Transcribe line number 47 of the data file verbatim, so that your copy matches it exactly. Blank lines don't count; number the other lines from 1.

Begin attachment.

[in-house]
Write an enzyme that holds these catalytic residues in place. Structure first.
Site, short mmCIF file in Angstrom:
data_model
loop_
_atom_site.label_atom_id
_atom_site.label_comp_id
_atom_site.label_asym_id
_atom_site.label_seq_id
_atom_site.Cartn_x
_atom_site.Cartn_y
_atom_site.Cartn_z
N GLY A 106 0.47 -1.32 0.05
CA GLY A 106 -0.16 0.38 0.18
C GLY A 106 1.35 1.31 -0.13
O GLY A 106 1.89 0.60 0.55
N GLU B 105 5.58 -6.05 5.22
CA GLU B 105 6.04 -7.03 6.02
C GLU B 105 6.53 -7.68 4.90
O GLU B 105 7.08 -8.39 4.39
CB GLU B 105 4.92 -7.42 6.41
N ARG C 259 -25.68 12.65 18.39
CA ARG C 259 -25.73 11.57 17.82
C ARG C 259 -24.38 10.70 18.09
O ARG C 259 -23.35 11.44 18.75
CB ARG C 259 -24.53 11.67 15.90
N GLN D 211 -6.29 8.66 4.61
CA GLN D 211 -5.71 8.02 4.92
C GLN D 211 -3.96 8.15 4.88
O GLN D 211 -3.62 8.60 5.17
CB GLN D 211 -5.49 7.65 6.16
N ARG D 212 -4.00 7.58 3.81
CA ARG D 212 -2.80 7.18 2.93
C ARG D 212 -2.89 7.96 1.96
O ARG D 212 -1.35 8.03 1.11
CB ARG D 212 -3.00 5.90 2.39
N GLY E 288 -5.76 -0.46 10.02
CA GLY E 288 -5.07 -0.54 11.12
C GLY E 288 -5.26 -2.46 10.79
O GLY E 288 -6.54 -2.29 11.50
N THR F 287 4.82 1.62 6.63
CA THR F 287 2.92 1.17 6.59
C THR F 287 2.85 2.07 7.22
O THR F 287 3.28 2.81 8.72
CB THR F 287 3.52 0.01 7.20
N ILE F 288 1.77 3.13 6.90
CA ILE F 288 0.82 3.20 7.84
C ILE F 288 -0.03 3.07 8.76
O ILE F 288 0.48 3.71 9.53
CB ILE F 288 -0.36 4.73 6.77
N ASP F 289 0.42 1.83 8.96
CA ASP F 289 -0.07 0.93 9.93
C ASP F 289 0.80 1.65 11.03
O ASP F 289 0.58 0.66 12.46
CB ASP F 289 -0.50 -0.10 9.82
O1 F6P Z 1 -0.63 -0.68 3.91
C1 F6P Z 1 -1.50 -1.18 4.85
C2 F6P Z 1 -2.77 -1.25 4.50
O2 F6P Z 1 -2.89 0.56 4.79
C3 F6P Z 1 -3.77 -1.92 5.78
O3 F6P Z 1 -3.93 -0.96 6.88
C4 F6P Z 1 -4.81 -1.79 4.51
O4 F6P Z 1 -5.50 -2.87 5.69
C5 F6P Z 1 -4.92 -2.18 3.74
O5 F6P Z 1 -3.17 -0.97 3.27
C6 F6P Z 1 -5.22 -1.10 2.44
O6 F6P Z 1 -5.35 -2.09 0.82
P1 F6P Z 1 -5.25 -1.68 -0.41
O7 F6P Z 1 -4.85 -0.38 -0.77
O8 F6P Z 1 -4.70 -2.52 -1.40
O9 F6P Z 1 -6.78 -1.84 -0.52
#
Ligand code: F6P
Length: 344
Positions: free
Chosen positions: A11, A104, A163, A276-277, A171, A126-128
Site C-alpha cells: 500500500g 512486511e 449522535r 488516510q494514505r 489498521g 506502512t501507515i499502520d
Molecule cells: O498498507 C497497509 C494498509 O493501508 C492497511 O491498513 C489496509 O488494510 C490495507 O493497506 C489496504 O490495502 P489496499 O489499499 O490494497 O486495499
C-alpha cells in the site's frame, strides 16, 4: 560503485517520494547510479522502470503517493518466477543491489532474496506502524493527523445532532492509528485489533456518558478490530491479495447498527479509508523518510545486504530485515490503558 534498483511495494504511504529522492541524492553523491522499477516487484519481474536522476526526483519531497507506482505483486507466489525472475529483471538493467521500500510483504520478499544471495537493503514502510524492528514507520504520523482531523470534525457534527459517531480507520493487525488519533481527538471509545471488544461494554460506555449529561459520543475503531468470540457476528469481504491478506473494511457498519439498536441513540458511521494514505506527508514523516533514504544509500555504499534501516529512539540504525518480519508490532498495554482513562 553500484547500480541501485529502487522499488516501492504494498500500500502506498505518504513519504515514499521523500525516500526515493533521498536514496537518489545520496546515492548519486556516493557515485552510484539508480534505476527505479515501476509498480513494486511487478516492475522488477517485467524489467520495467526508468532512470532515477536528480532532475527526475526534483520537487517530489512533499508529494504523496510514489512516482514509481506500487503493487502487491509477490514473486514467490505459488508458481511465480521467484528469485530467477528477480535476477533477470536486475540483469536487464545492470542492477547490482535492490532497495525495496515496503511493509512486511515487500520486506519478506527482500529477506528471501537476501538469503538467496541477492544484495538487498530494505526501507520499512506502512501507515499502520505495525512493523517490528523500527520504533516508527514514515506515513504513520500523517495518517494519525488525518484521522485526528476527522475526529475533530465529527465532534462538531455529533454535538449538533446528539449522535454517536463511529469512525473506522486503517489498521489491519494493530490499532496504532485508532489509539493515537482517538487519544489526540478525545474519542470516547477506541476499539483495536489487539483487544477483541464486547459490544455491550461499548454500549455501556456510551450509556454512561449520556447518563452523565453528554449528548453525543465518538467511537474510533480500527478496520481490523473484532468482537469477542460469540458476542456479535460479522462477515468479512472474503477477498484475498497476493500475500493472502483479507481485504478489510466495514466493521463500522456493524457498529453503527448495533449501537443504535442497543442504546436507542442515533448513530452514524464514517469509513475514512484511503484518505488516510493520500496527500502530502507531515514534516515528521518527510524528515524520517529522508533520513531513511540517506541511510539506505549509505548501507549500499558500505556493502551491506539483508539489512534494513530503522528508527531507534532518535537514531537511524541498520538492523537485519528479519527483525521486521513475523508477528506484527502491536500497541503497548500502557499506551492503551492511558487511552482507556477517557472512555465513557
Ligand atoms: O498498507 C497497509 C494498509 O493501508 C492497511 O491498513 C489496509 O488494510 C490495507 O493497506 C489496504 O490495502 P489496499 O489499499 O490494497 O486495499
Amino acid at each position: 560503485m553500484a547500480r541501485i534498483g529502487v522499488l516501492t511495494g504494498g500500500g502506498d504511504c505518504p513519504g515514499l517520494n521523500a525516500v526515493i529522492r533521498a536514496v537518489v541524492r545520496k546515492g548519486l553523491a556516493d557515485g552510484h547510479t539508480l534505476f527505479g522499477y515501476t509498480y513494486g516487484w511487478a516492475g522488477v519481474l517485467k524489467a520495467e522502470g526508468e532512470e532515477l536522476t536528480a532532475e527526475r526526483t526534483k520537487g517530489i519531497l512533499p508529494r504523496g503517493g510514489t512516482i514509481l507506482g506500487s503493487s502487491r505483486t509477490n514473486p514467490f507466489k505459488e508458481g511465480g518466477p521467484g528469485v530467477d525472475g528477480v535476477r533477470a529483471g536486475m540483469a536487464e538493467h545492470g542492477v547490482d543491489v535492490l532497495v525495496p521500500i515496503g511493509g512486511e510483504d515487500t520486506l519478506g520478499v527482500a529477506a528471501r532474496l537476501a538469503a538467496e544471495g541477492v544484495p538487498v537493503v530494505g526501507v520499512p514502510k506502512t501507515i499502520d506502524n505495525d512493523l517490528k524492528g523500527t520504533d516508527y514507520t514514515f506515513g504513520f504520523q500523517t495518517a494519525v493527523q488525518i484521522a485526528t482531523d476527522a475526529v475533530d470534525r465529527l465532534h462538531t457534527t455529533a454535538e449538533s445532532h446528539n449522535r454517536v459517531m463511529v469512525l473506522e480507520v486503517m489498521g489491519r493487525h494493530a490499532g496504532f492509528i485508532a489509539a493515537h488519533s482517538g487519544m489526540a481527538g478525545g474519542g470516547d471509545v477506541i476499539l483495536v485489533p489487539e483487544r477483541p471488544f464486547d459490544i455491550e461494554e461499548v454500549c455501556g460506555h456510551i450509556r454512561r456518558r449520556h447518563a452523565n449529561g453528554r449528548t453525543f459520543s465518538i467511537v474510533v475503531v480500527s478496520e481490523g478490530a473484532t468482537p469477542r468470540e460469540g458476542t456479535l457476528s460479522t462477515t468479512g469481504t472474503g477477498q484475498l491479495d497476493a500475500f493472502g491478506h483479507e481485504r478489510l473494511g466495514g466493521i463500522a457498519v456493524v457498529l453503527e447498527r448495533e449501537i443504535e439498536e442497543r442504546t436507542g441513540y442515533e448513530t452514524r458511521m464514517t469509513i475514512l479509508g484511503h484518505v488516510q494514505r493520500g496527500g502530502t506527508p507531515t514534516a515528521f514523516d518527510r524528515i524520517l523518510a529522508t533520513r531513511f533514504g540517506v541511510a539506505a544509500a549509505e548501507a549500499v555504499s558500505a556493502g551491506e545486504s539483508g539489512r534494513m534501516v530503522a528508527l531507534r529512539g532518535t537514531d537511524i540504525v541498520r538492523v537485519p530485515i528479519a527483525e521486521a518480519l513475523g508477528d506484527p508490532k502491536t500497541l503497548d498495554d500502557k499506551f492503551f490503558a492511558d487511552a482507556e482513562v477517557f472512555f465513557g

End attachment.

CA ILE F 288 0.82 3.20 7.84